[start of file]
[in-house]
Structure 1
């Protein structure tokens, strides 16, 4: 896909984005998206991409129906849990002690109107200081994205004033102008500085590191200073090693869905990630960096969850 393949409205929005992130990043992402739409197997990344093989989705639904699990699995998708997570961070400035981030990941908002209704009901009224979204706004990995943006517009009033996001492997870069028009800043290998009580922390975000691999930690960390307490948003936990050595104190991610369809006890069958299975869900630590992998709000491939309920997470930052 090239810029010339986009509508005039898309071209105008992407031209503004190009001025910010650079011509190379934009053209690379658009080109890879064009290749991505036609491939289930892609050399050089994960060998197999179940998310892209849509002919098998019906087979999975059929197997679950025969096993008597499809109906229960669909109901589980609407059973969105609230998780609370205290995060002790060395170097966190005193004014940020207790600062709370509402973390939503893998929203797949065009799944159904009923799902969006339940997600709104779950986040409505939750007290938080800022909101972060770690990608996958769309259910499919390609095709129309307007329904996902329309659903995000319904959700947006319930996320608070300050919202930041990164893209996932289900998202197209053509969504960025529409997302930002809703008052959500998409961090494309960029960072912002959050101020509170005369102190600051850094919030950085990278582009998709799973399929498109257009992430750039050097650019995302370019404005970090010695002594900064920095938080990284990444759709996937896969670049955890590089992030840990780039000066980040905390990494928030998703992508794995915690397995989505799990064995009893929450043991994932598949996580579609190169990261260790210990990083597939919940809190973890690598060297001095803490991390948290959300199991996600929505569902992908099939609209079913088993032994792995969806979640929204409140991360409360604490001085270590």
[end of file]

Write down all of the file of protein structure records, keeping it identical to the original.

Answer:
[in-house]
Structure 1
């Protein structure tokens, strides 16, 4: 896909984005998206991409129906849990002690109107200081994205004033102008500085590191200073090693869905990630960096969850 393949409205929005992130990043992402739409197997990344093989989705639904699990699995998708997570961070400035981030990941908002209704009901009224979204706004990995943006517009009033996001492997870069028009800043290998009580922390975000691999930690960390307490948003936990050595104190991610369809006890069958299975869900630590992998709000491939309920997470930052 090239810029010339986009509508005039898309071209105008992407031209503004190009001025910010650079011509190379934009053209690379658009080109890879064009290749991505036609491939289930892609050399050089994960060998197999179940998310892209849509002919098998019906087979999975059929197997679950025969096993008597499809109906229960669909109901589980609407059973969105609230998780609370205290995060002790060395170097966190005193004014940020207790600062709370509402973390939503893998929203797949065009799944159904009923799902969006339940997600709104779950986040409505939750007290938080800022909101972060770690990608996958769309259910499919390609095709129309307007329904996902329309659903995000319904959700947006319930996320608070300050919202930041990164893209996932289900998202197209053509969504960025529409997302930002809703008052959500998409961090494309960029960072912002959050101020509170005369102190600051850094919030950085990278582009998709799973399929498109257009992430750039050097650019995302370019404005970090010695002594900064920095938080990284990444759709996937896969670049955890590089992030840990780039000066980040905390990494928030998703992508794995915690397995989505799990064995009893929450043991994932598949996580579609190169990261260790210990990083597939919940809190973890690598060297001095803490991390948290959300199991996600929505569902992908099939609209079913088993032994792995969806979640929204409140991360409360604490001085270590």